And RoadKill Racing (pretty informative web page!),
Repetitions should play an important role in everyone’s training regardless of race distance. Repetition paced intervals are done at your mile race pace +/- 5 seconds. 200 meter to 400m reps are most common but they can be done up to 800 meters..Repetitions are normally done with full rest either walking or jogging. The purpose of repetition running is to improve running economy and speed.
I can remember one time where I did 200 meter repeats. I do like sprinting (or attempting to), because I feel fast…I really should throw more of this into my training. Usually my “sprints” are just striders at the end of my runs. I am not fast at all…definitely never even attempted to do shorter distances in Track & Field in high school!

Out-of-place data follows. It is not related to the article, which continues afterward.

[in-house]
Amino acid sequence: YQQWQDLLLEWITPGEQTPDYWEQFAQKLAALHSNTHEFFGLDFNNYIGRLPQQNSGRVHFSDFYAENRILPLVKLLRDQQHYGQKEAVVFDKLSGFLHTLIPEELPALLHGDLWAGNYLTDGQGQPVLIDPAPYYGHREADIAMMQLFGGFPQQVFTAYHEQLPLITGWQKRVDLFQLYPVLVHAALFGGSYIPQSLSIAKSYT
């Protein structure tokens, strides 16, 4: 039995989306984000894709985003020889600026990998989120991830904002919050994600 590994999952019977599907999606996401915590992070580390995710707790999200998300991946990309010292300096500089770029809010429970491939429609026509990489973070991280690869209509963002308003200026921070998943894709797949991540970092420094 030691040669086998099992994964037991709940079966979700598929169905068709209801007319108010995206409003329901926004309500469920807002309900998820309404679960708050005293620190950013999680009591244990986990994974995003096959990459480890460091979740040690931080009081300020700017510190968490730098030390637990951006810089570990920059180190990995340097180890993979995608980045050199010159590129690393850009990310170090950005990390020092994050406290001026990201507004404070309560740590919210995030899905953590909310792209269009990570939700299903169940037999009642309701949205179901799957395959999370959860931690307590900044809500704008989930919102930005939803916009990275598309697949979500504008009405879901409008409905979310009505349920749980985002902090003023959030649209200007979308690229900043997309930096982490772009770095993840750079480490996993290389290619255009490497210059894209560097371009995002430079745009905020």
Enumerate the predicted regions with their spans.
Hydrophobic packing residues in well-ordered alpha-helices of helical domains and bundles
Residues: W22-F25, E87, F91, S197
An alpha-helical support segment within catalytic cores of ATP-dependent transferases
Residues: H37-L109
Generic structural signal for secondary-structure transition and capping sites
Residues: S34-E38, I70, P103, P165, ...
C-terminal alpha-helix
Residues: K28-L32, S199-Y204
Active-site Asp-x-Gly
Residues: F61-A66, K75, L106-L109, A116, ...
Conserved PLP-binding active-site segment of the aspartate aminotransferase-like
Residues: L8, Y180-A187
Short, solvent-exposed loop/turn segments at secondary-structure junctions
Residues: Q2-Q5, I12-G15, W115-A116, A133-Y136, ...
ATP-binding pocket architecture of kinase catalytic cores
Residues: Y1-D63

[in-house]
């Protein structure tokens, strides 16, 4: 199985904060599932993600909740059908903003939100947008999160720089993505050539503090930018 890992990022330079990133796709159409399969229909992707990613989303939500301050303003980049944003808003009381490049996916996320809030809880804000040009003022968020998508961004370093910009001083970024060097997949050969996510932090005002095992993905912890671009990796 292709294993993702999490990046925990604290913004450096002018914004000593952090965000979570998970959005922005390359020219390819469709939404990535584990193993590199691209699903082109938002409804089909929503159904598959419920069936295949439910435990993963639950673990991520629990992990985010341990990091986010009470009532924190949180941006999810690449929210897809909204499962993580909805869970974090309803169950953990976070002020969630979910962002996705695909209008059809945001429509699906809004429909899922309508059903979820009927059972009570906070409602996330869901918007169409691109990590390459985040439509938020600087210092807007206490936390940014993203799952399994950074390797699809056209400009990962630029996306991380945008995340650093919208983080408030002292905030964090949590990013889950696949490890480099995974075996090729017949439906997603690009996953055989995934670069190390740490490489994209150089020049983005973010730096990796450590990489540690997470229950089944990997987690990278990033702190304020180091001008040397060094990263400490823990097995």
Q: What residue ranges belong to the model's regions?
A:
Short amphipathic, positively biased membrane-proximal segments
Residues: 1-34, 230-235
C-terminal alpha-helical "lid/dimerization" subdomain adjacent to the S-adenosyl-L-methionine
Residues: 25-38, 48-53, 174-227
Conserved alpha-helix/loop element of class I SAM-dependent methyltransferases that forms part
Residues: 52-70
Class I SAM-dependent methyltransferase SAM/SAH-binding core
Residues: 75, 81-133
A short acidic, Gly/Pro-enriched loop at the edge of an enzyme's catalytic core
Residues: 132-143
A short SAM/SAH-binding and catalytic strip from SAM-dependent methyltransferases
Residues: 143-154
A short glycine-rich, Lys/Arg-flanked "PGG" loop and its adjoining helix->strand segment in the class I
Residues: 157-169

I’m really excited to continue training hard after this half marathon on Sunday. My mom’s friend is running it, which is why we are also running it with her. If it were up to me, I probably wouldn’t since I know I’m not fully ready, but it will be a fun run AND it is where we ran our first half marathon!
Running goals after this half marathon are:
- Work up to 25-30 miles per week as a base
- Peak around 40-50 miles per week once I start marathon training
- Fall half marathon PR
- Fall marathon PR
But as always…we’ll see what happens. I wanted a half marathon PR last fall and that did not work out as planned. But that’s the thing with running – anything can happen, and you just have to dive back into training and keep going after your goals!
What is your favorite type of running workout?
Any tips for how I can “race” a half marathon? I always just end up running halfs/fulls at a comfortable pace because I’m scared of suffering in the later miles…I know I need to work on my mental strength!